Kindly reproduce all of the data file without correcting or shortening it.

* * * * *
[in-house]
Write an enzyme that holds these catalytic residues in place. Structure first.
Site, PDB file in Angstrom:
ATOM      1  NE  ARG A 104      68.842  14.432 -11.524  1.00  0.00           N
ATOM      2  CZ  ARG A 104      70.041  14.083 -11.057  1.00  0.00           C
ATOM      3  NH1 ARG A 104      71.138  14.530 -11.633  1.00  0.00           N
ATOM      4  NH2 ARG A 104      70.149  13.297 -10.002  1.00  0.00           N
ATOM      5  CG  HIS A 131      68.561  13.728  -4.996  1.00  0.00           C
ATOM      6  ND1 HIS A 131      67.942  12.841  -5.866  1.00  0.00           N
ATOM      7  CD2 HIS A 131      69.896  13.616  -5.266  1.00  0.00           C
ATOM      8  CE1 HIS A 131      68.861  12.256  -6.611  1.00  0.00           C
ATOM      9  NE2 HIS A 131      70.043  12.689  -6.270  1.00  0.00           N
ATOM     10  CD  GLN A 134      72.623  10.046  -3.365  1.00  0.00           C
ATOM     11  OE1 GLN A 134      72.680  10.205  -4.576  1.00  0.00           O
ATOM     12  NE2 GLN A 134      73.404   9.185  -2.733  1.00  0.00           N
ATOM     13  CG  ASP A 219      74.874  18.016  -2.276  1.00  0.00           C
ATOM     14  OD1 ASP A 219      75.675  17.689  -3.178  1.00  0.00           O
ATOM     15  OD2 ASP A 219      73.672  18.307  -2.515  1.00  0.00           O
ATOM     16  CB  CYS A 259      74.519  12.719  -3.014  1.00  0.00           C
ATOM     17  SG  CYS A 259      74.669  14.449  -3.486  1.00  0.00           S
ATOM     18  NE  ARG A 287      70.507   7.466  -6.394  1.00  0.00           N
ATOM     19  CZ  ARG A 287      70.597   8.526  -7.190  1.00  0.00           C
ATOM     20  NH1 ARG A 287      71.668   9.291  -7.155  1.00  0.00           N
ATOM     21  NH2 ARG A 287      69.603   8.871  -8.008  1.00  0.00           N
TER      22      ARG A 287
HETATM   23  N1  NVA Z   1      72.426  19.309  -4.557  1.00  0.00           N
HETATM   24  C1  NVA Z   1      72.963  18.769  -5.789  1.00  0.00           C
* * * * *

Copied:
[in-house]
Write an enzyme that holds these catalytic residues in place. Structure first.
Site, PDB file in Angstrom:
ATOM      1  NE  ARG A 104      68.842  14.432 -11.524  1.00  0.00           N
ATOM      2  CZ  ARG A 104      70.041  14.083 -11.057  1.00  0.00           C
ATOM      3  NH1 ARG A 104      71.138  14.530 -11.633  1.00  0.00           N
ATOM      4  NH2 ARG A 104      70.149  13.297 -10.002  1.00  0.00           N
ATOM      5  CG  HIS A 131      68.561  13.728  -4.996  1.00  0.00           C
ATOM      6  ND1 HIS A 131      67.942  12.841  -5.866  1.00  0.00           N
ATOM      7  CD2 HIS A 131      69.896  13.616  -5.266  1.00  0.00           C
ATOM      8  CE1 HIS A 131      68.861  12.256  -6.611  1.00  0.00           C
ATOM      9  NE2 HIS A 131      70.043  12.689  -6.270  1.00  0.00           N
ATOM     10  CD  GLN A 134      72.623  10.046  -3.365  1.00  0.00           C
ATOM     11  OE1 GLN A 134      72.680  10.205  -4.576  1.00  0.00           O
ATOM     12  NE2 GLN A 134      73.404   9.185  -2.733  1.00  0.00           N
ATOM     13  CG  ASP A 219      74.874  18.016  -2.276  1.00  0.00           C
ATOM     14  OD1 ASP A 219      75.675  17.689  -3.178  1.00  0.00           O
ATOM     15  OD2 ASP A 219      73.672  18.307  -2.515  1.00  0.00           O
ATOM     16  CB  CYS A 259      74.519  12.719  -3.014  1.00  0.00           C
ATOM     17  SG  CYS A 259      74.669  14.449  -3.486  1.00  0.00           S
ATOM     18  NE  ARG A 287      70.507   7.466  -6.394  1.00  0.00           N
ATOM     19  CZ  ARG A 287      70.597   8.526  -7.190  1.00  0.00           C
ATOM     20  NH1 ARG A 287      71.668   9.291  -7.155  1.00  0.00           N
ATOM     21  NH2 ARG A 287      69.603   8.871  -8.008  1.00  0.00           N
TER      22      ARG A 287
HETATM   23  N1  NVA Z   1      72.426  19.309  -4.557  1.00  0.00           N
HETATM   24  C1  NVA Z   1      72.963  18.769  -5.789  1.00  0.00           C